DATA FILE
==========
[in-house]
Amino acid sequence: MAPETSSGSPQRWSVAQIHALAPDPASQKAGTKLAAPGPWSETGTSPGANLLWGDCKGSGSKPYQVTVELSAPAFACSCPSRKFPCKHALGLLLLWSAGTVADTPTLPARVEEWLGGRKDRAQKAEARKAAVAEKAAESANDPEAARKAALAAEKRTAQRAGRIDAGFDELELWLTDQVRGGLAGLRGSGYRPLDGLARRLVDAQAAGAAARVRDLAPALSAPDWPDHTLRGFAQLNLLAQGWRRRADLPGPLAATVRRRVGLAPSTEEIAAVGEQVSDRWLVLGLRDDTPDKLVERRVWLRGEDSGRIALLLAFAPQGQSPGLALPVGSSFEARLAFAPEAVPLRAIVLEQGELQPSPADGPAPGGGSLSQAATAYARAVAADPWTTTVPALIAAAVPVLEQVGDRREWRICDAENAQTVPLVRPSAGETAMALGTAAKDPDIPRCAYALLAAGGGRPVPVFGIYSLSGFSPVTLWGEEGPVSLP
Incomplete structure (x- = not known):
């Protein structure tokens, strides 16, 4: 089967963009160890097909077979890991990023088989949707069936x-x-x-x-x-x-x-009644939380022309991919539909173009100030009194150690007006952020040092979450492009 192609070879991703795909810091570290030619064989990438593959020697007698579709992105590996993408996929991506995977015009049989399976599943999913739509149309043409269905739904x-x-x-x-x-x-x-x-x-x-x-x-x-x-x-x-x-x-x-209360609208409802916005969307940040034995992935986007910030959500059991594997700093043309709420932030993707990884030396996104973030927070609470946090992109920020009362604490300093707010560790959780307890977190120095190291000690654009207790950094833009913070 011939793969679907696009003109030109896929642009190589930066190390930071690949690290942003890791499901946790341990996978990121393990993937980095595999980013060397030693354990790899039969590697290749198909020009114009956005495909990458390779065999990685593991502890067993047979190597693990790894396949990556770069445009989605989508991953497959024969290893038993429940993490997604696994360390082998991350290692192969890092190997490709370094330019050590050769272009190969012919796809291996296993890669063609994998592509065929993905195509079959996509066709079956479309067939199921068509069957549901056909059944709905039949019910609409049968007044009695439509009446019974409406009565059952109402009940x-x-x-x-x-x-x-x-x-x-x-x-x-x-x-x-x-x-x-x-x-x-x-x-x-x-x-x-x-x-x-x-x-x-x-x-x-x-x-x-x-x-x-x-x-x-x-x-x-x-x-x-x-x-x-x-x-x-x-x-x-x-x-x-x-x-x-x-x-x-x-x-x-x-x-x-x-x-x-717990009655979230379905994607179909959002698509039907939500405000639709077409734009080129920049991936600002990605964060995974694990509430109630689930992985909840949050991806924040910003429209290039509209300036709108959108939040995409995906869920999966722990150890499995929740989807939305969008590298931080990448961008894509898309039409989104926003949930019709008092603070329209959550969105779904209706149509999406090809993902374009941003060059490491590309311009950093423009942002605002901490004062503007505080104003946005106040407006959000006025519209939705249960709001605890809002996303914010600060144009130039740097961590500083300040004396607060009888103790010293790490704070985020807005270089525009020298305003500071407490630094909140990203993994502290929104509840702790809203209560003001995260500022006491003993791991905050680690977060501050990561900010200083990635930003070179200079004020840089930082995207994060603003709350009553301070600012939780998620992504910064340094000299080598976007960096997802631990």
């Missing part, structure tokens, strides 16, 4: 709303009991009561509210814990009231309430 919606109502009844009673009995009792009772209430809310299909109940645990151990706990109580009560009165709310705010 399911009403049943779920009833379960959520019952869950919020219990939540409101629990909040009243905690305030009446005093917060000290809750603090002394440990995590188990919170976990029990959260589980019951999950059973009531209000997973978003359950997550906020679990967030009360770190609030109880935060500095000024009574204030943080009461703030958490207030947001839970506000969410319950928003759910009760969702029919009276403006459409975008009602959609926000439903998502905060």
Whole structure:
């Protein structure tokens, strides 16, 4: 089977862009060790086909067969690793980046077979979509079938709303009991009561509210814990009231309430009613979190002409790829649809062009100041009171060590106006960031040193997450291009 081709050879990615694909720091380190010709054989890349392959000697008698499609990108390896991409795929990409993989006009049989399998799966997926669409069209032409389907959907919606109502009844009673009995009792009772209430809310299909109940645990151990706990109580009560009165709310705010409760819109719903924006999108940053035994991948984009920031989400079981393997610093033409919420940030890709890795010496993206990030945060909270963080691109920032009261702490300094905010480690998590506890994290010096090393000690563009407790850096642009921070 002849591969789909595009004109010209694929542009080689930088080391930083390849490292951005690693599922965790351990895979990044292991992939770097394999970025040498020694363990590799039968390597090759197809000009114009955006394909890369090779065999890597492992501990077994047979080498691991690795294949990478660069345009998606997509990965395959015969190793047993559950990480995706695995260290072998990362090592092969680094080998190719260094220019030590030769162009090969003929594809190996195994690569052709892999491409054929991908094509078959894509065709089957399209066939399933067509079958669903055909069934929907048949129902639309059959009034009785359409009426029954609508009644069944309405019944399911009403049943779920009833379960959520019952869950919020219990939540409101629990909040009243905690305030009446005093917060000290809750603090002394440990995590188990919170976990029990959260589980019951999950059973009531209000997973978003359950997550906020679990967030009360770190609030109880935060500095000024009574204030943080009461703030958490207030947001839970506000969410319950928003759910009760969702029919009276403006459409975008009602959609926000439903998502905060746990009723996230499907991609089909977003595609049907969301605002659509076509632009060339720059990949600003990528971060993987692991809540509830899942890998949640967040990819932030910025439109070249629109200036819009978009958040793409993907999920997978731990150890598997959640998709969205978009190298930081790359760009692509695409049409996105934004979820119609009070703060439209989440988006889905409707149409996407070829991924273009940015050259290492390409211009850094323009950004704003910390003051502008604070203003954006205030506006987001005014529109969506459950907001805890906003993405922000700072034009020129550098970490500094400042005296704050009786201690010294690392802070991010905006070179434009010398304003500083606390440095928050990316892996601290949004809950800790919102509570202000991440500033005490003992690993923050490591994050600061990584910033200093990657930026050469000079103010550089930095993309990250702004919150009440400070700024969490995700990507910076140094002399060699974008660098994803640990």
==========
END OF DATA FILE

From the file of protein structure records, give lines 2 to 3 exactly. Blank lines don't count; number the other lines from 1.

Amino acid sequence: MAPETSSGSPQRWSVAQIHALAPDPASQKAGTKLAAPGPWSETGTSPGANLLWGDCKGSGSKPYQVTVELSAPAFACSCPSRKFPCKHALGLLLLWSAGTVADTPTLPARVEEWLGGRKDRAQKAEARKAAVAEKAAESANDPEAARKAALAAEKRTAQRAGRIDAGFDELELWLTDQVRGGLAGLRGSGYRPLDGLARRLVDAQAAGAAARVRDLAPALSAPDWPDHTLRGFAQLNLLAQGWRRRADLPGPLAATVRRRVGLAPSTEEIAAVGEQVSDRWLVLGLRDDTPDKLVERRVWLRGEDSGRIALLLAFAPQGQSPGLALPVGSSFEARLAFAPEAVPLRAIVLEQGELQPSPADGPAPGGGSLSQAATAYARAVAADPWTTTVPALIAAAVPVLEQVGDRREWRICDAENAQTVPLVRPSAGETAMALGTAAKDPDIPRCAYALLAAGGGRPVPVFGIYSLSGFSPVTLWGEEGPVSLP
Incomplete structure (x- = not known):